How do bit-part actors participate in plays?

I have been cast for “The Bacchae”, but I got a much smaller role than I originally auditioned for. Some other Theater Majors had this happen to them, and they decided they would rather drop out of the play alltogether than to have a small role. I stuck with my role, even though it was the smallest one in the play (One of the Guards)

I have speaking lines, but they are very brief. I’m also only in one part of the play. I accompany Pentheus during his interrogation of Dionysus. I get to haul a tied up Dionysus on stage, while Pentheus talks to him (maybe I’ll get to rough him up before Pentheus starts talking :smiley: )

Because my role is so small, it has me wondering how much of the rehersals I’m actually going to be participating in. I wasn’t given specifics, only a schedule of when rehearsals start. I’m assuming the Director is still tweaking some things with the play right now, I know she wants to cut it down a bit so that it is only 75 to 85 minutes long, with no intermission. I’m still really curious about how much they are going to have me do. I certainly have the time to make it to rehearsals…but at the same time I also see the logic in some other cast members dropping out. It is a big investment time-wise, and I guess I want to think that I made a good decision even though I’m going to be spending a lot of my free time playing a very small role.

I’ve had bit parts in high school plays. In one case, I spent large portions of rehearsal helping to paint the set. Other days I was assigned to follow a five year old around and keep her out of trouble. her mother was the director.

In another case I had almost no (or perhaps no) lines, but I was in several scenes as sort of a living prop. (And memorably, I got to slap someone after the original slapper was kicked out for battling with the director). So, I spent a fair amount of time sitting on stage while the main characters ran and ran and ran their lines. When scenes didn’t involve me, I spent time off stage listening to people talk about their lives.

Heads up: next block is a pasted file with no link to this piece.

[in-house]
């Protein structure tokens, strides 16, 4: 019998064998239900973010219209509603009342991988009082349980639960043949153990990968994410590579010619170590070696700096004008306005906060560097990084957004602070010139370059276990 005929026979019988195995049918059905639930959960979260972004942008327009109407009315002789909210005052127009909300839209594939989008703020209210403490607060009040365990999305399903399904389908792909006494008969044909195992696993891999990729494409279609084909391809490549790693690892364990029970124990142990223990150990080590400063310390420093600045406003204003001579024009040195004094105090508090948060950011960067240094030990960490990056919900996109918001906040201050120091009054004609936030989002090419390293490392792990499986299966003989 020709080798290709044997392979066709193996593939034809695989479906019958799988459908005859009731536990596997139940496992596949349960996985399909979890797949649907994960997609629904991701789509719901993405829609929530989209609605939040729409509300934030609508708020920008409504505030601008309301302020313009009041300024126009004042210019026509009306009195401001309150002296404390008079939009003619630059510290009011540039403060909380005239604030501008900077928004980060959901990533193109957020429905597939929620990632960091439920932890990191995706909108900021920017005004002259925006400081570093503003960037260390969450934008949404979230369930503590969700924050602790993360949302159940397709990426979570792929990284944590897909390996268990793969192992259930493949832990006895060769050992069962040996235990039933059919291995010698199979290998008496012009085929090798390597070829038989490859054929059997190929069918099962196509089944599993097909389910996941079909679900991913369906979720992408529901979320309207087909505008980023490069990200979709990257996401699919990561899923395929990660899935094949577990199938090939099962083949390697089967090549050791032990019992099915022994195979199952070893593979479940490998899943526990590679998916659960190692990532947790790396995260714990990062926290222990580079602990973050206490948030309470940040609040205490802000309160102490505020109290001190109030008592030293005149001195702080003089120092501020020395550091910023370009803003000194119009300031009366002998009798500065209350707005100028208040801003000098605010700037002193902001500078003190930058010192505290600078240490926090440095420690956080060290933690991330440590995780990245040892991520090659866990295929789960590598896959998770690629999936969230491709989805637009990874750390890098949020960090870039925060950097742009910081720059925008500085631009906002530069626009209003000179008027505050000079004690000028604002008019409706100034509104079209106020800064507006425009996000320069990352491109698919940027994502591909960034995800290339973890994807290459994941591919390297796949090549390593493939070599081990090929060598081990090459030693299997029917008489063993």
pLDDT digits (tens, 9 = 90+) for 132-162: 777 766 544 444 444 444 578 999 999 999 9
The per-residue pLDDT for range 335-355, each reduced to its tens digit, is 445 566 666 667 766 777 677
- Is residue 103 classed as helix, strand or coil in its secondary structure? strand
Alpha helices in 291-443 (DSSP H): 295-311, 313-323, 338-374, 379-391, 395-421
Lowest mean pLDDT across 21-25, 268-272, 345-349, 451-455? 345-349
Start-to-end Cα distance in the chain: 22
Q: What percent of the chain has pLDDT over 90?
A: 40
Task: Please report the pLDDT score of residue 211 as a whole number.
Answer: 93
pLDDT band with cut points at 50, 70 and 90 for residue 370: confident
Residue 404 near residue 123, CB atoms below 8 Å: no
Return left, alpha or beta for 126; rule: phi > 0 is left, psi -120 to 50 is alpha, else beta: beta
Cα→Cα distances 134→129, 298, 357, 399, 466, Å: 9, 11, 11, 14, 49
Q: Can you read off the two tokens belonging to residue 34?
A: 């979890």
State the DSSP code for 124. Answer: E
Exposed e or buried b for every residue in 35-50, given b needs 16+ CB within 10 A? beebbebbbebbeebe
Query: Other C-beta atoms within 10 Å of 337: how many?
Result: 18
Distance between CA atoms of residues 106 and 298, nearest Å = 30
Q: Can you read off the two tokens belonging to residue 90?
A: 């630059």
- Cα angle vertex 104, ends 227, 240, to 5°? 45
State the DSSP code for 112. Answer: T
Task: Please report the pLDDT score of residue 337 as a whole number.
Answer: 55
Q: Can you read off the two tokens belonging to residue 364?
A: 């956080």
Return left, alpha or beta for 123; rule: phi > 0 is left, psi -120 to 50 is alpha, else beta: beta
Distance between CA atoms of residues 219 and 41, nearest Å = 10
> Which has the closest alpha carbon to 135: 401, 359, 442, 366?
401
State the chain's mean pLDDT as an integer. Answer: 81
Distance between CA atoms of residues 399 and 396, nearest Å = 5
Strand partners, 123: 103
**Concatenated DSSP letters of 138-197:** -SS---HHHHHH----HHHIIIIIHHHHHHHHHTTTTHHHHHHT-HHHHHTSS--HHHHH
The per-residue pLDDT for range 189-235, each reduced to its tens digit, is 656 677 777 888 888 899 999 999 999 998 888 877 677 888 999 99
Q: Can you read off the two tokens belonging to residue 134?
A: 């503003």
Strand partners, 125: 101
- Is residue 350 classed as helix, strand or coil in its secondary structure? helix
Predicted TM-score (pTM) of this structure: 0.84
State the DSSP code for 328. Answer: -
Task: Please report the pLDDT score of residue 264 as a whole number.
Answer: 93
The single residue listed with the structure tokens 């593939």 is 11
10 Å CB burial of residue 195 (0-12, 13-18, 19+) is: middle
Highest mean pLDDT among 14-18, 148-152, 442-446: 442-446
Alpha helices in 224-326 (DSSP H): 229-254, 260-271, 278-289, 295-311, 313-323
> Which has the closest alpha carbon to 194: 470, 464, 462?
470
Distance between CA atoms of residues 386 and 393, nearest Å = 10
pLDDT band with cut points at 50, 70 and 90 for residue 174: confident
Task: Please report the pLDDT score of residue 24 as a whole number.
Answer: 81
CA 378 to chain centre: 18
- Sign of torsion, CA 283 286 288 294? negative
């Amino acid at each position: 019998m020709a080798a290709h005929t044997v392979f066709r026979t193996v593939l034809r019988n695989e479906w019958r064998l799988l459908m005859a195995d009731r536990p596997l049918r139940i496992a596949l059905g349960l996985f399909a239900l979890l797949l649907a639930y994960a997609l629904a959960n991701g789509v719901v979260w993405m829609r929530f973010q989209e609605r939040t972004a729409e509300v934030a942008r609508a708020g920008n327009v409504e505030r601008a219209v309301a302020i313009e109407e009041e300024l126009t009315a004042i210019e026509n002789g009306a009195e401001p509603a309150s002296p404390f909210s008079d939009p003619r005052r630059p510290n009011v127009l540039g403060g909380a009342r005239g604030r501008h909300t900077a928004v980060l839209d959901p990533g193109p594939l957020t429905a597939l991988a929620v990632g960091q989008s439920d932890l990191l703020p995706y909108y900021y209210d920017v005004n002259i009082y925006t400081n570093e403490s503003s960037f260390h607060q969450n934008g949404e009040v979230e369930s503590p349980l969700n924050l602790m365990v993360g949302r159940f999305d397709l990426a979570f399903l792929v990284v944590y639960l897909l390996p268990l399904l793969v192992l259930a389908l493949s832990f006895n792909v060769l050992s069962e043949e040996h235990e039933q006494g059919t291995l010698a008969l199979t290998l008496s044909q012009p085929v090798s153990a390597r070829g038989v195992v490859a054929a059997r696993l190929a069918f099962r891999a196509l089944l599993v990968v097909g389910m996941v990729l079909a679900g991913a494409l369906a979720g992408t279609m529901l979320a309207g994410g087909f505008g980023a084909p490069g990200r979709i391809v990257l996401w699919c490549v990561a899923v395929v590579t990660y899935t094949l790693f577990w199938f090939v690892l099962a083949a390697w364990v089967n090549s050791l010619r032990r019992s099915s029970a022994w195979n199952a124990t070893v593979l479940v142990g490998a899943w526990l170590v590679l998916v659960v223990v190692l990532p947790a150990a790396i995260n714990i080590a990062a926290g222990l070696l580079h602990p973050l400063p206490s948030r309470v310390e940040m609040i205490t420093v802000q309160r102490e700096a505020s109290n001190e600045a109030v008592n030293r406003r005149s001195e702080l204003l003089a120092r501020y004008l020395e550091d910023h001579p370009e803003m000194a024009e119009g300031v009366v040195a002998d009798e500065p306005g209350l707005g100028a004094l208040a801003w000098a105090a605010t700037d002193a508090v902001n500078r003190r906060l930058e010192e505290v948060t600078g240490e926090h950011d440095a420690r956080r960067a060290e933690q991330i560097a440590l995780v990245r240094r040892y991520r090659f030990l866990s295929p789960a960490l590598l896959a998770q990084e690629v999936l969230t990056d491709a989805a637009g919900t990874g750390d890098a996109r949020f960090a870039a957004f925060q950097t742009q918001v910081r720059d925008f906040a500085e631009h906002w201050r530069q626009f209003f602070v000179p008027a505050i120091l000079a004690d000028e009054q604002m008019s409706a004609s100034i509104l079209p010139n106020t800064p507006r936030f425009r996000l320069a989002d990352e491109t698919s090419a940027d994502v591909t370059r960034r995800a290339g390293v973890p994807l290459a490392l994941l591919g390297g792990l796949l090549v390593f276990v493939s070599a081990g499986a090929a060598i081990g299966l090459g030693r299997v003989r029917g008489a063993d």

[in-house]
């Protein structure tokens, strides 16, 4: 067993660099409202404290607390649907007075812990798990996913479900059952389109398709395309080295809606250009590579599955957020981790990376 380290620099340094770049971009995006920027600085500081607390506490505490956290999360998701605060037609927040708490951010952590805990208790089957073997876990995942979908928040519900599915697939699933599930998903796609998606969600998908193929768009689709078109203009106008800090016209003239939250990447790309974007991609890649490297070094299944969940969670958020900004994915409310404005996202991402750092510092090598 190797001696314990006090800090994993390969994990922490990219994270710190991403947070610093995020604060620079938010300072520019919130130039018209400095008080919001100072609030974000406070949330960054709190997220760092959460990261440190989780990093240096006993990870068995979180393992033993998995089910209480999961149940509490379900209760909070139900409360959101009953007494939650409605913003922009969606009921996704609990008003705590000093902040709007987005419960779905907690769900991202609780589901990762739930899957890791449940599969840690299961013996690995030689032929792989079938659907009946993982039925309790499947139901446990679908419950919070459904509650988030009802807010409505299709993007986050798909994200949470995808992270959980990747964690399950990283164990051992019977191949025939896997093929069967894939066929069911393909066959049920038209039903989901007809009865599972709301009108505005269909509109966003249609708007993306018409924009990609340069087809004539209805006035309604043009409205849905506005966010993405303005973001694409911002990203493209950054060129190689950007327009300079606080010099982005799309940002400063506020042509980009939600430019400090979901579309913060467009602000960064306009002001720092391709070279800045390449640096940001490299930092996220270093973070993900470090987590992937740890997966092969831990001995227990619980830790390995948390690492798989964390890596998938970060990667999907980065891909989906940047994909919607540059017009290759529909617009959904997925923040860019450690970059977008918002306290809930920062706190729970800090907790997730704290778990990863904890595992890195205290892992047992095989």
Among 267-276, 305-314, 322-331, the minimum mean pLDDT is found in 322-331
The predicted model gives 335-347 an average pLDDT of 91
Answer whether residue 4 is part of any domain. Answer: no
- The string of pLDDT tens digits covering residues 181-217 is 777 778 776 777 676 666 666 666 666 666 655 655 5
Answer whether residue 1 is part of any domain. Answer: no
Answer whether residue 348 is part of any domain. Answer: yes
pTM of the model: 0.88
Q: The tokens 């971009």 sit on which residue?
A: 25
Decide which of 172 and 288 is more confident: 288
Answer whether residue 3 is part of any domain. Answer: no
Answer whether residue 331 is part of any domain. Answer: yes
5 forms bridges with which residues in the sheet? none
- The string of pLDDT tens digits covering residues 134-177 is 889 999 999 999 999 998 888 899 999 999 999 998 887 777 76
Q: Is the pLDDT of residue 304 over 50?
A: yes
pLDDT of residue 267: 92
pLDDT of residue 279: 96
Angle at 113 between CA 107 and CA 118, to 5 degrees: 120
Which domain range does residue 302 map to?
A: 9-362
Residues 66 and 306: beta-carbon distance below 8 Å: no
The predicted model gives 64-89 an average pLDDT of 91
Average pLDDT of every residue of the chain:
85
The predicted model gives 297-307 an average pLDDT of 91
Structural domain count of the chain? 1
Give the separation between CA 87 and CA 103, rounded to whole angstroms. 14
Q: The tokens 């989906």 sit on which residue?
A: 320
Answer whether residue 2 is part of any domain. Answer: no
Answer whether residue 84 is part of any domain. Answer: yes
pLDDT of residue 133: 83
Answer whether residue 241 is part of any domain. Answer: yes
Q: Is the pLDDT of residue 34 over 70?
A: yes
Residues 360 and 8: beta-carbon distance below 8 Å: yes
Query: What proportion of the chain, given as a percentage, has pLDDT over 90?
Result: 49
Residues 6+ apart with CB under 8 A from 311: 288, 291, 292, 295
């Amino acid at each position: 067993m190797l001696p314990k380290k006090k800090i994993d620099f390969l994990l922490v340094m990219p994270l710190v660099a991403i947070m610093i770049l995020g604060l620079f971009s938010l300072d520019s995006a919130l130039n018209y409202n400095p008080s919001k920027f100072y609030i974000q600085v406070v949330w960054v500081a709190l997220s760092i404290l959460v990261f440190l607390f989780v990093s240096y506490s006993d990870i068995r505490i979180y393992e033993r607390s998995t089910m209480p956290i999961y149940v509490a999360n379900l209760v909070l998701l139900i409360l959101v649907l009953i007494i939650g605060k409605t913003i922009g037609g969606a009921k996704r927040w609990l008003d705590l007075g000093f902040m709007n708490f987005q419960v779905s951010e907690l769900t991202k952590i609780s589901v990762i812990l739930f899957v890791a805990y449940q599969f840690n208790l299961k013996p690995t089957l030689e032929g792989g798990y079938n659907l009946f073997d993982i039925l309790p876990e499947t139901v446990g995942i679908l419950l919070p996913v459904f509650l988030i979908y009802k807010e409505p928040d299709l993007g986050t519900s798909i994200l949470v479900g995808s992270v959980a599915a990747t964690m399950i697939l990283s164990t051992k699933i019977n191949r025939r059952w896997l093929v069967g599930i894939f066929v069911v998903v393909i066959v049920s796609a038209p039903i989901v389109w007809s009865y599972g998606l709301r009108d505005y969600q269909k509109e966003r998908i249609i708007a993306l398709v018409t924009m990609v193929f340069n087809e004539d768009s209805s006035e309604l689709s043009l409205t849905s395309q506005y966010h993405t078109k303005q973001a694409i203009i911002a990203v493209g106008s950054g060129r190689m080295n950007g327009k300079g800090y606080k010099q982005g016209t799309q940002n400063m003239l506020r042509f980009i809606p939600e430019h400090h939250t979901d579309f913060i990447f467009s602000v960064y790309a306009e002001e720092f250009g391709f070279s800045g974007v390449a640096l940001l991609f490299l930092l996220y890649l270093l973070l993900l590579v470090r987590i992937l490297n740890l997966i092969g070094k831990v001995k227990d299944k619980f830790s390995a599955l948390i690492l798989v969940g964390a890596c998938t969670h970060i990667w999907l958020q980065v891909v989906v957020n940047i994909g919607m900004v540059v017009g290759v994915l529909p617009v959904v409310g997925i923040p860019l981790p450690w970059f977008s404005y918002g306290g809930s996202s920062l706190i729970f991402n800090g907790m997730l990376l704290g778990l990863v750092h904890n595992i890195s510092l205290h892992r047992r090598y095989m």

But if you truly are in only a couple of scenes, you may only have to attend parts of rehearsal or rehearse only certain days each week. You might be able to bring a book to read, or other quiet homework. or you might not. In the case of the first play described, cast members were EXPECTED to help with the set when not needed to rehearse their roles. Though, depending on the show, the director didn’t neccessarily expect people to be there every day. For at least one show a part like your was actually given to someone who was around all the time anyway, rather than someone who truly auditioned for it. I ended up getting additional lines because I was always around when they needed someone to read the lines. (The additional lines were voice-over parts and thus selecting someone to play the part early one was unneccessary).

HUMBUG! There are no small parts – only small actors.

Some of my best work has been with bit parts! Try to go to as many rehearsals as possible. Even if you’re not on stage, seeing the other business in other scenes will help round out your character.
For example, I was cast as Hattie in “Kiss Me Kate”. My character sang the opening song and showed up in sundry scenes later on, not many lines but lots of prescence on-stage I never rehearased with the chorus and my scenes were only with one or two of the leads. During rehearsals, I built up a character for Hattie. I decided she’s a wanna-be broadway star, nosy, and sulky. I was able to use those character choices to shade my performance and to this day, I still get compliments on my work. On the flip side, my lead acting roles in “Oklahoma” and “Spoon River Anthology” sucked beyond the telling of it.